Tag Archive: politics

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The Way We Treat Powerful Women Is Telling

The New York Times published an article earlier this week about sexist criticism of powerful women – in particular, Hillary Rodham Clinton and Kellyanne Conway. This article followed on the heels of a disciplinary complaint filed against Kellyanne by 15 legal ethics professors, who allege that she violated the DC bar’s rule against “dishonesty, fraud, deceit, or misrepresentation.”

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What’s the matter with Cal?

Remember the name Milo Yiannopoulos? Before some comments about pederasty caused him to fade from public view, there was a big kerfuffle on an evening when he was supposed to speak at UC Berkeley. Protestors and so-called black block anarchists took to the streets. There was chaos. Windows were smashed.

The campus called off the event for public safety reasons. Instead of speaking to a roomful of college kids, Yiannopoulos got to cry to Fox News about how so-called liberals were interfering with his right to free speech. I’m sure he was soooo disappointed.

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Is law school your way to #resist?

You think you want to go to law school to fight the Tangerine Voldemort in court?

Maybe you were inspired by the stories of lawyers camping out at the JFK International McDonalds trying to get immigrants, international students, and refugees out of detention? Or was it the judges who struck down Trump’s travel ban? What about Mexican-American judge in the Trump University case?

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What on Earth is an emolument?

Two and a half years into law school, I am still woefully ignorant of the U.S. Constitution. For example, I only recently found out about the Emoluments Clause. Article I, Section 9, Clause 8 of the Constitution says, “No Title of Nobility shall be granted by the United States: And no Person holding any Office of Profit or Trust under them, shall, without the Consent of the Congress, accept any present, Emolument, Office, or Title, of any kind whatever, from any King, Prince, or foreign State.” (In case you’re wondering, an emolument is generally defined as compensation for services or from employment or an office). Basically, the Clause is meant to prevent political office-holders from accepting gifts so that they aren’t improperly influenced by outside entities.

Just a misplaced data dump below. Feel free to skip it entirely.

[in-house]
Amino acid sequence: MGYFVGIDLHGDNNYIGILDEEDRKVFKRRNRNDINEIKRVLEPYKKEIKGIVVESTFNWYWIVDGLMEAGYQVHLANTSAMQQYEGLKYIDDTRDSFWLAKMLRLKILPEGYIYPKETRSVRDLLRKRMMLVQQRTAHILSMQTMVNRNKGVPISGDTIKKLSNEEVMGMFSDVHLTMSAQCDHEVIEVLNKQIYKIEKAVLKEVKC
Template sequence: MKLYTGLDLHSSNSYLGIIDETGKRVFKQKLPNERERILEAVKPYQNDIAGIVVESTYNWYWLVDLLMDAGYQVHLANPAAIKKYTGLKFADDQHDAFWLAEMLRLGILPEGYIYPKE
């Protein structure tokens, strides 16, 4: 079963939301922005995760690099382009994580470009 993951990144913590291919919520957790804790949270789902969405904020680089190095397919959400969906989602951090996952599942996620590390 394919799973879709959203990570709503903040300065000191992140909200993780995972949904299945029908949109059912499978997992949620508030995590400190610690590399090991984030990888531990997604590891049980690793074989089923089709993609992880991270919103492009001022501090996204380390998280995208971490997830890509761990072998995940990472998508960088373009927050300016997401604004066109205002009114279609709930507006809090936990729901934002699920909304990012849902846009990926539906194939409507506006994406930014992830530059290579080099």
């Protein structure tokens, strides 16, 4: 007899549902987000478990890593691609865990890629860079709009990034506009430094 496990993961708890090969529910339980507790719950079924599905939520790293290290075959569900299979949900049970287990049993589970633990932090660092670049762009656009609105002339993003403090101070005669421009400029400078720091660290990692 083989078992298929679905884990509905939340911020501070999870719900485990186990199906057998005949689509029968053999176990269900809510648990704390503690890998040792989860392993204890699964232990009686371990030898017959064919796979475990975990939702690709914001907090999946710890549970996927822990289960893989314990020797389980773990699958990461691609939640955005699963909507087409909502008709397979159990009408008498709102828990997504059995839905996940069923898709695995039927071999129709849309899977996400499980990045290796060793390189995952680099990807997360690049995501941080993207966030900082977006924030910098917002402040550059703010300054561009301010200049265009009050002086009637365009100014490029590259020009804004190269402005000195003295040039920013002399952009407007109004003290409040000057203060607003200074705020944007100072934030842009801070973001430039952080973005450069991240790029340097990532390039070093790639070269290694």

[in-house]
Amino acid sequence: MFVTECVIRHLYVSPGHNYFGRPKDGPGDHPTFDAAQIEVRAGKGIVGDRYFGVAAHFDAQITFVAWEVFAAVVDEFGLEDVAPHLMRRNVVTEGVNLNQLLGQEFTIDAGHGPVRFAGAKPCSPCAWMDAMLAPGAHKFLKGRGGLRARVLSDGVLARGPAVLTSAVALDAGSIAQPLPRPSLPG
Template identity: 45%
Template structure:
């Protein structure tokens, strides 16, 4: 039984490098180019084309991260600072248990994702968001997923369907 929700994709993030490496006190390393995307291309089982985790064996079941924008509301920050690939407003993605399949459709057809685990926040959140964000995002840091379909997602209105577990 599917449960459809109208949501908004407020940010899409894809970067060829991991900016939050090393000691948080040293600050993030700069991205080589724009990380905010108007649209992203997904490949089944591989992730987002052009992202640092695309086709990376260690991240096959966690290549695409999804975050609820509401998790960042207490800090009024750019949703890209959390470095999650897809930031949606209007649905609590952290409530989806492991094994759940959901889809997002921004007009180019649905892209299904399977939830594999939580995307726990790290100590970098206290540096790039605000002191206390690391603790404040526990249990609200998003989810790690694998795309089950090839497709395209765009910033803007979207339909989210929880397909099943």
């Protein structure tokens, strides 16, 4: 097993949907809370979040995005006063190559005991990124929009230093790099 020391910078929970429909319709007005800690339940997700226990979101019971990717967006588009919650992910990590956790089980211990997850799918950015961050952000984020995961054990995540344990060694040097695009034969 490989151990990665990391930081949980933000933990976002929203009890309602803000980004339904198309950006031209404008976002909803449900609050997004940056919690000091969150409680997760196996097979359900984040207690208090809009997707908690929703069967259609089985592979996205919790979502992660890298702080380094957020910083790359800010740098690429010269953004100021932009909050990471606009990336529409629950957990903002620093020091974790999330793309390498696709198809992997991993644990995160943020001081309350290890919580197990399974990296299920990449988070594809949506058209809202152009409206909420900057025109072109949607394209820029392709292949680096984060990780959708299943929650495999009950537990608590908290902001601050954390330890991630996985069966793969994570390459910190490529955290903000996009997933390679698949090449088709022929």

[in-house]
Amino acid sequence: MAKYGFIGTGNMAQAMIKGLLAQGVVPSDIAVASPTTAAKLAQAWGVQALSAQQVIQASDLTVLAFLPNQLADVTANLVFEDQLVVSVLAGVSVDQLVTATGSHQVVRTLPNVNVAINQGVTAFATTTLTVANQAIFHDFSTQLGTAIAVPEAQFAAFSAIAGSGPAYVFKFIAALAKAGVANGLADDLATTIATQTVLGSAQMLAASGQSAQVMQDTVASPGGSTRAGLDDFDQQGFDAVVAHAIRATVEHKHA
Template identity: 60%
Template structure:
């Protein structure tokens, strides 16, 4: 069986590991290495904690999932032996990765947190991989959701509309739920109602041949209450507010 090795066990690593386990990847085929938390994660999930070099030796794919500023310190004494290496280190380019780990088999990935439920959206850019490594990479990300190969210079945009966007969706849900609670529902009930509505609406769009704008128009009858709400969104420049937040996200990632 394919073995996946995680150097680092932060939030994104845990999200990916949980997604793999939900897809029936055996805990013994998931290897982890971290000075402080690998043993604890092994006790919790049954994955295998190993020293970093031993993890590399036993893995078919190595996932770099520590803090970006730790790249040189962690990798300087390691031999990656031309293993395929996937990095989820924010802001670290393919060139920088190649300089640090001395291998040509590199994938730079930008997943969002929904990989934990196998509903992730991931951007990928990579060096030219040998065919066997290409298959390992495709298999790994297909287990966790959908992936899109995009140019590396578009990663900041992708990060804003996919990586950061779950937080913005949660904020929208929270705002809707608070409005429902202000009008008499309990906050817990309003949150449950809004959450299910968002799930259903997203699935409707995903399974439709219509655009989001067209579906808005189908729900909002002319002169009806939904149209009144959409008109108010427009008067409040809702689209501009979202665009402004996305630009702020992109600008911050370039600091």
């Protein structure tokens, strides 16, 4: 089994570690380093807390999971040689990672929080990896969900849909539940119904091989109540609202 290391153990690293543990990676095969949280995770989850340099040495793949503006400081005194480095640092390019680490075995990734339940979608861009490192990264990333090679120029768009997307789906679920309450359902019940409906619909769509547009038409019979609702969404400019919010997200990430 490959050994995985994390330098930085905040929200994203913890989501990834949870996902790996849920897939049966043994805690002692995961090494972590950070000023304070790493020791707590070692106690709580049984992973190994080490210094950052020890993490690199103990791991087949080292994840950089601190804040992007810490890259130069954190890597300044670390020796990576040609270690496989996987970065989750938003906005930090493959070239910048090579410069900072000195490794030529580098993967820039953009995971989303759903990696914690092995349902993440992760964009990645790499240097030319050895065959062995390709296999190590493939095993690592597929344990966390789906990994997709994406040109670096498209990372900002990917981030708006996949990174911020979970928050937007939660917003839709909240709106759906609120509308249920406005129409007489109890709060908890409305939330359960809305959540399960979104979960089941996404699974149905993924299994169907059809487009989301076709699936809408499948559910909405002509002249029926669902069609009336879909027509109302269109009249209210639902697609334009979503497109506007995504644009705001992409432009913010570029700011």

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The 2016 Campaign, A Cornucopia of LSAT Flaws

As this rabid, flea-bitten cur of a presidential election comes mercifully to an end, we should try to find something — anything! — positive to come out of it. So, here is my feeble attempt to bind up the nation’s wounds: We got to see a record-breaking amount of logical fallacies, and now there are concrete examples to think of when you’re trying to get all the flaws down for the LSAT.

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Trials of the Century: Bush v. Gore

The 2000 Presidential Election—where Bush beat Gore, taking 271 Electoral College Votes to Gore’s 266, but losing the popular vote by about 500,000 votes (at least officially) —brought us Bush v. Gore.

An automatic machine recount revealed that the margin of victory in Florida was only 327 votes in favor of Bush. In the American winner-takes-all electoral system, this meant that Bush would take all of Florida’s 25 electoral votes and with them the presidency.

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A Brief History of Women Running for President

Although we’re not at First Woman President status yet, every election since 1860 has been taken by a Republican or Democrat. The possibility of Madame President got appreciably closer last night.

Hillary Clinton is not the first or second or even tenth woman to run for president. Let’s take a look at a few of those who laid the groundwork for this moment.

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Controversy is everywhere, even in the staid hallways of law school.

What a time… to be alive… and to be attempting to focus on your LSATs when there are so, so many legal and political firestorms raging in the world today.

Turkey’s democratically-elected government has been overthrown in a violent military coup, but actually nvm; Cleveland has devolved into a veritable trumpster-fire over the course of the GOP Convention; Ted Zodiac Killer Cruz admonished us to “vote our conscience” during an endorsement that was anything but; Michelle Obama’s platitudinous 2008 Convention speech now apparently is the hallmark to which all other FLOTUS speeches should aspire (or plagiarize).

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Melania Trump: Copyright Infringer?

The irony of Melania Trump’s now well-documented plagiarism of Michelle Obama’s 2008 Democratic National Convention speech is plain to see. Without getting too political about it, Donald Trump elbowed his way into national politics as the leader of the birther movement, trumpeting (pun intended) the demonstrably false claim that Barack Obama was not born in the U.S. and therefore ineligible to serve as president. That Mrs. Trump would lift portions of a speech singing the praises of then-Senator Obama in order to sing the praises of Mr. Trump is strange at best.